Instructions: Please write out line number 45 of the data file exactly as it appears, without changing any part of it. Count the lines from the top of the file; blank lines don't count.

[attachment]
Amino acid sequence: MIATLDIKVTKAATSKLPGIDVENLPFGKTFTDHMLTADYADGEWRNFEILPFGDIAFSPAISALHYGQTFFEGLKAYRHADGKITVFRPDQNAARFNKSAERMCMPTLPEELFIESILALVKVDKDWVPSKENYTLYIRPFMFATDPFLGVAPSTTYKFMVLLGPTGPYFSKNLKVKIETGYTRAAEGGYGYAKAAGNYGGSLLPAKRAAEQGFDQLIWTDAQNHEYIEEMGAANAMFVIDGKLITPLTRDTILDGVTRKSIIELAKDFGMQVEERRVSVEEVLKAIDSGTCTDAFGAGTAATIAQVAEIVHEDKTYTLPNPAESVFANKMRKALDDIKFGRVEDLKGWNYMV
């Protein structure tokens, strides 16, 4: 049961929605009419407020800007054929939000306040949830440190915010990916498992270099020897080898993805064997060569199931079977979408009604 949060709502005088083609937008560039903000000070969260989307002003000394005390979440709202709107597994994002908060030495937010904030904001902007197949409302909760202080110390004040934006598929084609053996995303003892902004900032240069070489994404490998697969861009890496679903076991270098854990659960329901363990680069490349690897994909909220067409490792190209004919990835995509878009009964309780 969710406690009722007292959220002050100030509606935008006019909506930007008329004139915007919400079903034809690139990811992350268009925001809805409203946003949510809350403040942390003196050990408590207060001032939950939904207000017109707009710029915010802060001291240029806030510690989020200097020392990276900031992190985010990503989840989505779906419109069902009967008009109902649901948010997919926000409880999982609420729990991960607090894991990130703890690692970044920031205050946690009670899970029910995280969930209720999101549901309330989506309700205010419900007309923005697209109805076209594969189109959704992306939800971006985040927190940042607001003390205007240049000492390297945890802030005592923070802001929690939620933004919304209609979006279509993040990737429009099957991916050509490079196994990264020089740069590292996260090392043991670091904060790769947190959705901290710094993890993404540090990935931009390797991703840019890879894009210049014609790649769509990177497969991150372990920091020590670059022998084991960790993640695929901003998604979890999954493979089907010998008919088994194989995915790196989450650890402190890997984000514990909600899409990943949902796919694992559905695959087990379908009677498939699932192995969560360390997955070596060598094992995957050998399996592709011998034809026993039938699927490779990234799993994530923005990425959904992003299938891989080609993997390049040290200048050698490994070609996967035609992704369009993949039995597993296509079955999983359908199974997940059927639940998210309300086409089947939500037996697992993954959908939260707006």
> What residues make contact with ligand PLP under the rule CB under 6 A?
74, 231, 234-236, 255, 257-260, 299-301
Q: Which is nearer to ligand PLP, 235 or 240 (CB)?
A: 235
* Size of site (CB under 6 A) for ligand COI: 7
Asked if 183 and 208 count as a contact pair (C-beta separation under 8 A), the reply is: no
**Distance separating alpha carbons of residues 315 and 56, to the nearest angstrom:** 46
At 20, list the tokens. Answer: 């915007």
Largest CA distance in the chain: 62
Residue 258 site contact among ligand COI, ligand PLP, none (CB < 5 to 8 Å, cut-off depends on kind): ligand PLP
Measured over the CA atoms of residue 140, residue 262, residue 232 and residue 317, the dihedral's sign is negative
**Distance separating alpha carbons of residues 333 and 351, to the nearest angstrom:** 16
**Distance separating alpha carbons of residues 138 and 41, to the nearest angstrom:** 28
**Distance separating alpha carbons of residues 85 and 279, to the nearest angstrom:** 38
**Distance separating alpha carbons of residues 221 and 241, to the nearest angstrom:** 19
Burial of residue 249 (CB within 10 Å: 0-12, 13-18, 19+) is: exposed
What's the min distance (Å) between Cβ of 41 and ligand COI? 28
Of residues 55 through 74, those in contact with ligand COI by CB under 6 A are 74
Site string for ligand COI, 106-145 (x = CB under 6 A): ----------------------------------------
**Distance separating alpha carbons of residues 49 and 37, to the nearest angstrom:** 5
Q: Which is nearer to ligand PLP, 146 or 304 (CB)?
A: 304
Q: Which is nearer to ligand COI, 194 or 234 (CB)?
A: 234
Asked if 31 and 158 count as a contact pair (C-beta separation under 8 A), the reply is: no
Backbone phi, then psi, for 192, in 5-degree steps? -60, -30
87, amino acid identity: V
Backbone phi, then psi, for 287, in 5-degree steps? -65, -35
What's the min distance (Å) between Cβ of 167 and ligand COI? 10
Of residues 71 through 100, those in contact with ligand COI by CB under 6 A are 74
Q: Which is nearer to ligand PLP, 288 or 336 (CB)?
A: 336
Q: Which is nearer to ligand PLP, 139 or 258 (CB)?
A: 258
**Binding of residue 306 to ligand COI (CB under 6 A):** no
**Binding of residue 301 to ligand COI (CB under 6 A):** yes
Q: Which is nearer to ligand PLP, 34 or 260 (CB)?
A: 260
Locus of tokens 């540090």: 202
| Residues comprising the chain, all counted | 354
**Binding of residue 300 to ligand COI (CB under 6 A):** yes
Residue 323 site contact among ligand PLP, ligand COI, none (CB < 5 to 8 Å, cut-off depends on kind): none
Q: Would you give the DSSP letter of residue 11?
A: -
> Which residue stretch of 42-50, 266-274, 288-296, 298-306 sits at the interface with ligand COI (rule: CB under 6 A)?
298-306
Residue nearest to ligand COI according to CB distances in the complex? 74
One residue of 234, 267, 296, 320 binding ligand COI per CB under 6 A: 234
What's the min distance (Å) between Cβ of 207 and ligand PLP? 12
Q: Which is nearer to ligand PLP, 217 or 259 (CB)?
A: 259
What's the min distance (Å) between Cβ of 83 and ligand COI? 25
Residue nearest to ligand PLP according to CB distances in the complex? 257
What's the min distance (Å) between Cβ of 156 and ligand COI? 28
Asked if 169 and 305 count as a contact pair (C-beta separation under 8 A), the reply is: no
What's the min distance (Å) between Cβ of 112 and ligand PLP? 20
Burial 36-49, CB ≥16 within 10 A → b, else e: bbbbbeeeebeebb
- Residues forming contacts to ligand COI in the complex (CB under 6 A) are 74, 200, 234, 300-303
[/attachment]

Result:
Q: Would you give the DSSP letter of residue 11?